A perennial herb found on mountain rock ledges and grassy slopes on Dalradian limestone and schists, and on base-rich sandstone sea-cliffs and calcareous sand dunes. The larger populations occur at coastal sites in Sutherland. From sea level at Bettyhill (W. Sutherland) to 760 m on Ben Vrackie (E. Perth).
Apart from losses in the 19th century, the distribution of this species appears to be stable, although some sites may be suffering from over-grazing and others from scrub encroachment.
European Boreal-montane element, but absent from the Boreal zonobiome. In mainland Europe O. halleri is strictly montane.
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Light (Ellenberg): 9
Moisture (Ellenberg): 3
Reaction (Ellenberg): 8
Nitrogen (Ellenberg): 2
Salt Tolerance (Ellenberg): 0
January Mean Temperature (Celsius): 2.5
July Mean Temperature (Celsius): 12.9
Annual Precipitation (mm): 1141
Height (cm): 13
Perennation - primary
Life Form - primary
Clonality - primary
Count of 10km squares in Great Britain: 16
Count of 10km squares in Ireland: 0
Count of 10km squares in the Channel Isles: 0
Atlas Change Index: 0.16
RDB Species Accounts
Oxytropis halleri Bunge ex Koch (Fabaceae)
Purple oxytropis, Ogsatropas Corcarach
Status in Britain: LOWER RISK - Near Threatened.
Status in Europe: Not threatened. Endemic.
Most populations of O. halleri occur close to sea level on the north and east coasts of Scotland. There it grows on dry cliffs formed from basic Old Red Sandstones and conglomerates, and on calcareous sand-dunes. Associated species on cliff ledges include Geranium sanguineum, Helianthemum nummularium, Sedum rosea and Thymus polytrichus, whilst on cliff-tops it grows in short turf with Carex flacca, Lotus corniculatus, Plantago coronopus, P. maritima and occasionally Scilla verna. On dunes, associates include Anthyllis vulneraria, Astragalus danicus, Galium verum, Koeleria macrantha, Linum catharticum, Lotus corniculatus, Thalictrum minus and, in a few places, Primula scotica. Inland, O. halleri grows on Dalradian limestones and schists at altitudes of 600-760 metres, often in rich swards with such choice species as Astragalus alpinus, Botrychium lunaria, Cerastium alpinum, Draba incana, Persicaria vivipara, Saxifraga oppositifolia and Silene acaulis. Whilst most sites are rather basic, some are not. For instance, it grows on an acidic dyke on Ben Chonzie, and some of its coastal bank habitats are not obviously basic.
This perennial herb flowers between May and July, in montane sites often a month later than on the coast. Small plants frequently occur in the vicinity of larger ones, so reproduction from seed can be inferred. Flowering is inhibited by grazing. Plants in heavily grazed swards can be diminutive, and quite different in appearance from the luxuriant profusely-flowering clumps seen on inaccessible cliffs.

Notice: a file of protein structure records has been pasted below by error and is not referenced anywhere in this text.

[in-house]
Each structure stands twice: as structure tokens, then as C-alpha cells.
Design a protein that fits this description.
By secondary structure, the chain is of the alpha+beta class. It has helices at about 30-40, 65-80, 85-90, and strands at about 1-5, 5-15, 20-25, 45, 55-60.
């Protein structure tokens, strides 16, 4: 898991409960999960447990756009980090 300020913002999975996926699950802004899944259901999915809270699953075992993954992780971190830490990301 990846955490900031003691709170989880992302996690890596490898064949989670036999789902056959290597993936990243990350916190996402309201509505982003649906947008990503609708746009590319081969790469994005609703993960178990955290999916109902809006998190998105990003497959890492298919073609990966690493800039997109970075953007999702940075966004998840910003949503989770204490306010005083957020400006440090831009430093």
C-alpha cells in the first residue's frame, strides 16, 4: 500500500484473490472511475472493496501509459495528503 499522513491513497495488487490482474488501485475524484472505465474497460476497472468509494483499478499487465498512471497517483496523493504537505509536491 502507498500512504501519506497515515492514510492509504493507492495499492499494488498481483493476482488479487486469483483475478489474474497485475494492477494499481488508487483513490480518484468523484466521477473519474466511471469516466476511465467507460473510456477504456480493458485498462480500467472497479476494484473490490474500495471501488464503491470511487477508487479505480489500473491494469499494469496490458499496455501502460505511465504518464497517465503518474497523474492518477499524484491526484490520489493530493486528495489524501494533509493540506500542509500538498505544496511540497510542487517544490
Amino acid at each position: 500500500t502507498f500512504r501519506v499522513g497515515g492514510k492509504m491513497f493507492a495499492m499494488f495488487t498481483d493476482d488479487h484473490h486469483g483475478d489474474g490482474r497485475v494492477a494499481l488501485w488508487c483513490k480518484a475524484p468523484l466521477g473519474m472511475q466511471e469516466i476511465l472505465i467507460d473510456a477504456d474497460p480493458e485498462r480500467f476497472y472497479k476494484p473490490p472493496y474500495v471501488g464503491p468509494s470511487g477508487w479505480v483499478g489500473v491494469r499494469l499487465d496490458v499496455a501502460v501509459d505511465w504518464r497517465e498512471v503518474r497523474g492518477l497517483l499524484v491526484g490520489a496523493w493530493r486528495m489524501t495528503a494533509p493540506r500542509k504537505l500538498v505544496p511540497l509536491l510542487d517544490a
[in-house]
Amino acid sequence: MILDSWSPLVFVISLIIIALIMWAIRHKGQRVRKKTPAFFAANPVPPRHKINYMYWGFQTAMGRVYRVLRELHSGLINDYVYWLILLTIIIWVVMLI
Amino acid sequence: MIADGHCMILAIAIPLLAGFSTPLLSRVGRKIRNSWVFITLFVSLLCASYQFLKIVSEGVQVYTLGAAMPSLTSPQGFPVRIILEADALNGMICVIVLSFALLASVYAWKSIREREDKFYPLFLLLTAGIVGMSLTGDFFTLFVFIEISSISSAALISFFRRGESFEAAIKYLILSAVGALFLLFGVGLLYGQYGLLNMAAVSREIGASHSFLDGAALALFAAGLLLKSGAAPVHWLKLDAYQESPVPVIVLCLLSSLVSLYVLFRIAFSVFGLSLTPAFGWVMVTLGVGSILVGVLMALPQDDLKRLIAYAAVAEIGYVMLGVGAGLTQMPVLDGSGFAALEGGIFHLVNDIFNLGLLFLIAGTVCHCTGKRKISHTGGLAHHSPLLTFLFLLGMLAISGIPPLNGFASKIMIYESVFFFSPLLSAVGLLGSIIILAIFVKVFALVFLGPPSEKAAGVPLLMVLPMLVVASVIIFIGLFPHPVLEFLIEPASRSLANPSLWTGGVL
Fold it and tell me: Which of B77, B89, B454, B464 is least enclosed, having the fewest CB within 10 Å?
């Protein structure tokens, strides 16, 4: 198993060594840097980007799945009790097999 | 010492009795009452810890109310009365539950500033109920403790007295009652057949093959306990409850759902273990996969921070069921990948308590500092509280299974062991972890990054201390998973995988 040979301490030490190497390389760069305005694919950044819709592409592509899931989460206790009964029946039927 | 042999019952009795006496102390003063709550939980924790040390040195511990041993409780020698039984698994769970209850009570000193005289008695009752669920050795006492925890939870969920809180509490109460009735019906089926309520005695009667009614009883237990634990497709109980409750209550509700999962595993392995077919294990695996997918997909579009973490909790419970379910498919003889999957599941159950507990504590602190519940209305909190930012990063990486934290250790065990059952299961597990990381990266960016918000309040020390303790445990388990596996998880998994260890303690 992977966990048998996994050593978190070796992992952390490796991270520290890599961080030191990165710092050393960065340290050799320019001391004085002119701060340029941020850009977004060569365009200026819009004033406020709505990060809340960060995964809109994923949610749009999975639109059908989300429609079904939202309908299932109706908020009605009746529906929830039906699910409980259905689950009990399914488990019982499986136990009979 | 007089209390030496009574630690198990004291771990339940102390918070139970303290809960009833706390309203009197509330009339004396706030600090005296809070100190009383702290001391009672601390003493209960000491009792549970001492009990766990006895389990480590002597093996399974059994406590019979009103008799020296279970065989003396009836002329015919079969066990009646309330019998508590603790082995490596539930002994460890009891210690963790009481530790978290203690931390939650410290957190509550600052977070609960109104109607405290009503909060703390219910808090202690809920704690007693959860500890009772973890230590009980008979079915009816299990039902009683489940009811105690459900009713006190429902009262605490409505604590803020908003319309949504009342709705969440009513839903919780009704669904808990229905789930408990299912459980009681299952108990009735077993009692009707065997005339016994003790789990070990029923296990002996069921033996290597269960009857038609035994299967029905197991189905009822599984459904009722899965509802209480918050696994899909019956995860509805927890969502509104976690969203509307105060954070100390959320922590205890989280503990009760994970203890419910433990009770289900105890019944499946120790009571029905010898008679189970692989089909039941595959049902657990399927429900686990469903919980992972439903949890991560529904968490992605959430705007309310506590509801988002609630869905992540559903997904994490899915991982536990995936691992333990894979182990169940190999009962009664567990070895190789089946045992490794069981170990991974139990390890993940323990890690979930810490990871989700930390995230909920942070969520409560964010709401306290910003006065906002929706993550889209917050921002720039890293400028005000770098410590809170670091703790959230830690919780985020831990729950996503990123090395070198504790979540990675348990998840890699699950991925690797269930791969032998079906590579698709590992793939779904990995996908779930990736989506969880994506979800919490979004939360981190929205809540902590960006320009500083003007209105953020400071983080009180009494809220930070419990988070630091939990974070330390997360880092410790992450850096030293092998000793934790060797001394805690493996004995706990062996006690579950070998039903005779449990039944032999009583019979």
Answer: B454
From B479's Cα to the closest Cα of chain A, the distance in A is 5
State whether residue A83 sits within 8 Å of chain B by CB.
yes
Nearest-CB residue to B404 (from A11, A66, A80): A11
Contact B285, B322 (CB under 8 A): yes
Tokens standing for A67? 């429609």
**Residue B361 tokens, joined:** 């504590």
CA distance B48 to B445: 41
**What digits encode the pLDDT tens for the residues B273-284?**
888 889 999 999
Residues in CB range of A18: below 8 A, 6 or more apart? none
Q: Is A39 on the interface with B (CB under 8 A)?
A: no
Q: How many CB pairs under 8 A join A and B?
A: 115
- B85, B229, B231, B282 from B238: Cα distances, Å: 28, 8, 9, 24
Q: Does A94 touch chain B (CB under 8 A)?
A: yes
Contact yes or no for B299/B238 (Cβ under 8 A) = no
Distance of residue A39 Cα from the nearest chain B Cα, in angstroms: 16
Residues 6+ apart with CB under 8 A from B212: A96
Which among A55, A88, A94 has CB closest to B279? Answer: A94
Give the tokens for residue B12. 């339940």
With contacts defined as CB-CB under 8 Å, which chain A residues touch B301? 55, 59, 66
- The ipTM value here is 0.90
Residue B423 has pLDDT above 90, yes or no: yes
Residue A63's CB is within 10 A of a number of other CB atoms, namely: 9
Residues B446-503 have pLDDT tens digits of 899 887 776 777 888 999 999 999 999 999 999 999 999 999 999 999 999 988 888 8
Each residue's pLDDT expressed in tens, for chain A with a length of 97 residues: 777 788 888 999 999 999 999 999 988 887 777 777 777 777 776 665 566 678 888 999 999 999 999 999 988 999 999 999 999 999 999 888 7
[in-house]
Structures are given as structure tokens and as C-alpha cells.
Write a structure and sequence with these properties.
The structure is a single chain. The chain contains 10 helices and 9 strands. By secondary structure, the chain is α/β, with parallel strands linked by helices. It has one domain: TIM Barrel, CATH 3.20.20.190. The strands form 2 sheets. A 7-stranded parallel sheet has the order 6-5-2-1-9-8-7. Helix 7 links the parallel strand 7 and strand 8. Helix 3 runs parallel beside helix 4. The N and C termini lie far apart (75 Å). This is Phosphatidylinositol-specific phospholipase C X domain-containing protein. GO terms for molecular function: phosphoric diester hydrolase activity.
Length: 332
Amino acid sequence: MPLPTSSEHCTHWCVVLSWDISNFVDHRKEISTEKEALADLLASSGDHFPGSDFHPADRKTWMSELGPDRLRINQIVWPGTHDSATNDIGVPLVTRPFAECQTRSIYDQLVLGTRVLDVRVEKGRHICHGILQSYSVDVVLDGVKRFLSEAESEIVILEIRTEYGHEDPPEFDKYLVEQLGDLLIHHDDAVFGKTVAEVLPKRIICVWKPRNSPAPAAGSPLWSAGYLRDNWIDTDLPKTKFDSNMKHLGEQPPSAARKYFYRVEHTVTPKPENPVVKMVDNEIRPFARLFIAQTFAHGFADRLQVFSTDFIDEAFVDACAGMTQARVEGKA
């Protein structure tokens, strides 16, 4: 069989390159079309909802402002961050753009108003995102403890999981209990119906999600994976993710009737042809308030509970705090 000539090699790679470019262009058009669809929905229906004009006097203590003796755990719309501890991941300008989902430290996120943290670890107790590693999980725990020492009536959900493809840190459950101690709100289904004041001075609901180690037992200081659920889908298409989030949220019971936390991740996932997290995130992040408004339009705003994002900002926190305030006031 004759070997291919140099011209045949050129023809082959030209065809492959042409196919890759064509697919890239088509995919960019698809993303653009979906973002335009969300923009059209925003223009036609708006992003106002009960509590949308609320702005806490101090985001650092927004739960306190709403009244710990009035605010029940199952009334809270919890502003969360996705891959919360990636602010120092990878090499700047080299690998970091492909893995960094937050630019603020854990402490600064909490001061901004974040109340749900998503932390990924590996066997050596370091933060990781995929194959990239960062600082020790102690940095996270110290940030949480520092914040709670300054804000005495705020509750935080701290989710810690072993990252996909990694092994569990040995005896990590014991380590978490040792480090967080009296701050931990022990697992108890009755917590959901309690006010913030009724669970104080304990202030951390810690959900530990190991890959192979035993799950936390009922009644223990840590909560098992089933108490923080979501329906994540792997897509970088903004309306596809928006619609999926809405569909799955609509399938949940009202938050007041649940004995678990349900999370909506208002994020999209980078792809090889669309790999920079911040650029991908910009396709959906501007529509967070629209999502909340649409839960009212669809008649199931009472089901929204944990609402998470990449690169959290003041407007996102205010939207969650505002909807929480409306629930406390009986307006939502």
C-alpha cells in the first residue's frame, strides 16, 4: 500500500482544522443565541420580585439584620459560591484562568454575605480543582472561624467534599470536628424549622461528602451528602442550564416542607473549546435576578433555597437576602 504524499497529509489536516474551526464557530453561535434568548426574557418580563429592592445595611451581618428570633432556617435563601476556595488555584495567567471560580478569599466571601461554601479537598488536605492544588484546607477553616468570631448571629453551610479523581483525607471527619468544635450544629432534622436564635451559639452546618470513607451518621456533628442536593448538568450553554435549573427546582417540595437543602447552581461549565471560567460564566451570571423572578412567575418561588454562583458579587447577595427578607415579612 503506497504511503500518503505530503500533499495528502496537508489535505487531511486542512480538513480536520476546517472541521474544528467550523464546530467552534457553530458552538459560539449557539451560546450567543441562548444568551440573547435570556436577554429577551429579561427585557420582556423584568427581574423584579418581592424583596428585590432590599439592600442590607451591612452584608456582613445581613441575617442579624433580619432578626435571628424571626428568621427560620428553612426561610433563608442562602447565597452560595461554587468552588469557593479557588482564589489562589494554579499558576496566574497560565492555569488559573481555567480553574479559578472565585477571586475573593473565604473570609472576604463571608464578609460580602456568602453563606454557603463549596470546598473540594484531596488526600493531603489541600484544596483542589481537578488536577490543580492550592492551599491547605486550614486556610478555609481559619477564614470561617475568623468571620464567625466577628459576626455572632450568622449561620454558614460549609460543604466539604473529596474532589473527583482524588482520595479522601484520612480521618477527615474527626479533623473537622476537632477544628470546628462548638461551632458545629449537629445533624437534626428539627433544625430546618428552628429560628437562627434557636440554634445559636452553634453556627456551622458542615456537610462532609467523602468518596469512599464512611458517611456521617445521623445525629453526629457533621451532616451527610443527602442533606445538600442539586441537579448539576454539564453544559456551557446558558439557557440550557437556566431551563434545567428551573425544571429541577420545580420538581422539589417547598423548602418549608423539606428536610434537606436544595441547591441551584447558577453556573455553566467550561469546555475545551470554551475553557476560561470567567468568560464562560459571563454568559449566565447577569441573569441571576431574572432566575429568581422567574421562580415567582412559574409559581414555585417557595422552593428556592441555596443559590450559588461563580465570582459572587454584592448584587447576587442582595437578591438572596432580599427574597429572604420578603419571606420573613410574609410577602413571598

O. halleri was first reported in Britain by Lightfoot in 1777 (as A. uralensis) growing on Carboniferous limestone cliffs near North Queensferry, Fife and on Ben Sgulaird, Argyll. The former site was destroyed by the building of the railway cutting to the Forth Bridge, but the plant is still on Ben Sgulaird. It has a relict distribution in Britain, and is now confined to the north coast of Sutherland, the east coast of Ross-shire, a single site on the Mull of Galloway and three mountains in Perthshire and Argyll. There are eighteen extant localities, some of which support more than one population. Populations vary in size from a few plants at most east coast sites to some large colonies of many thousands extending along hundreds of metres of cliff on the north Sutherland coast. In the absence of detailed long-term monitoring, population trends cannot be discerned. There may be other as yet undiscovered colonies, particularly along the more remote stretches of the north Scottish coast.
On coastal cliff ledges O. halleri is generally protected by its inaccessibility. Elsewhere, encroachment by gorse and scrub and, conversely, the use of fire to control scrub, may both present a threat. One site is in danger of being overshadowed by a commercial forestry plantation. Dune and cliff-top habitats are susceptible to overgrazing by rabbits and domestic livestock. At one locality, the supplementary feeding of livestock has led to excessive nutrient enrichment near a colony of O. halleri, which is now threatened by the vigorous overgrowth of rank grass. In montane habitats grazing could be restricting its distribution.
Elsewhere in Europe O. halleri is strictly montane, being found in the mountains of central Europe, including the Pyrenees, Alps, and Carpathians. There is one known locality in eastern Albania.